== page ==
After working out some kinks at its Portland, Ore. pay-what-you-want cafe last year, Panera Bread Co. is now planning to convert at least two more bakery-cafes to its nonprofit model this year.
Kate Antonacci, a Panera spokeswoman, said the company hopes to open one more by early summer and another by early fall in yet-to-be-disclosed locations around the country.
"We'll play it by ear after that if there will be a third this year," she said, noting that the plan is to ideally open one such cafe every three or four months.
The company's foundation opened the first store under this model in Clayton in May 2010. At these cafes, patrons are asked to pay a recommended price, but can pay whatever amount they want to, with the net proceeds from the cafe going to fund a charitable cause such as job-training programs for at-risk youth.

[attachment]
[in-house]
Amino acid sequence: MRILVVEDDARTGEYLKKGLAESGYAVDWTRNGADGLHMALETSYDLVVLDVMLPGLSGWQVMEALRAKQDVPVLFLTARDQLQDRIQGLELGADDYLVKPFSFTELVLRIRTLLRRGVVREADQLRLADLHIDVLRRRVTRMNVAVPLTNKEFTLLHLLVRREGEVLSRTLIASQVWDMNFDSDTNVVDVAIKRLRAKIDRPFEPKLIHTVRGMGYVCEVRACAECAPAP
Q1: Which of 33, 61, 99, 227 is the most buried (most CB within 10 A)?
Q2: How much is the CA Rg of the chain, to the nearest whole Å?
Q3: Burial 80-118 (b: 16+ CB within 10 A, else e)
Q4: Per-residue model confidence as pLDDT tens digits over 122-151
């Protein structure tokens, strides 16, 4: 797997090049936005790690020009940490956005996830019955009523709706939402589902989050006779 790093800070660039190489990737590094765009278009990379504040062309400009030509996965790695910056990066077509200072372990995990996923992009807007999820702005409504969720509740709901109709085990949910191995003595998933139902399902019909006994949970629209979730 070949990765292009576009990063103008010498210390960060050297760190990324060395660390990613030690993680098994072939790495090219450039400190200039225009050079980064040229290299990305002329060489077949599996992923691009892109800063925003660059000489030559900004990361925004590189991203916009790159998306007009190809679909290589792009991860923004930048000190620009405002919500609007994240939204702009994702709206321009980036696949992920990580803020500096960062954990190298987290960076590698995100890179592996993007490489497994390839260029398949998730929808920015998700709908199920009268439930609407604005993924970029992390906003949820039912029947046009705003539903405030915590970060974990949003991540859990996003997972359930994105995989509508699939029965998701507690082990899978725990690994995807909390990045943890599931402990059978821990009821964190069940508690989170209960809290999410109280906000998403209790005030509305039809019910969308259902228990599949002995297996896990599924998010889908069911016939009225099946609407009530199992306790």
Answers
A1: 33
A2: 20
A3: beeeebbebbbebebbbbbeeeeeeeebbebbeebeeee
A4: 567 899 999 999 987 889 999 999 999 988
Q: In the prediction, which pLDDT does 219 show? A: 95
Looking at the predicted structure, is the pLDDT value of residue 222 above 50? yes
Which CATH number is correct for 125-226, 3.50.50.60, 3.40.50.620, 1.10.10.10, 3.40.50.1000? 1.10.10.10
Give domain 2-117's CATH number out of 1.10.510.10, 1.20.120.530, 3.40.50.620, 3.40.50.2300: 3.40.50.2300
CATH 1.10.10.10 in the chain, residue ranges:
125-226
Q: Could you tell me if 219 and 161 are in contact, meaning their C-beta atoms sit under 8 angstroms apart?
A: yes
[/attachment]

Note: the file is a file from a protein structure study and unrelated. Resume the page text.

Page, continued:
Sunset Hills-based Panera followed that first experimental cafe with two more in Dearborn, Mich. and Portland, Ore.
Last year, Panera initially had some problems at the Portland location with not as many people paying as needed to cover the costs. But Antonacci said the Portland cafe is now doing "great" and is one of the better performing cafes of the three.
"We spent a lot of time retraining people out there and building relationships with the people," she said. "The Hollywood community (a Portland neighborhood) has embraced what we're trying to do and we've seen a drastic shift."
Antonacci said they took a step back last year, too, to see whether the model was working and could support more growth.
"The success of those cafes is the currency we needed to be able to grow more of them," she said. "After watching these for the last year and working out the kinks, we feel comfortable expanding at this point."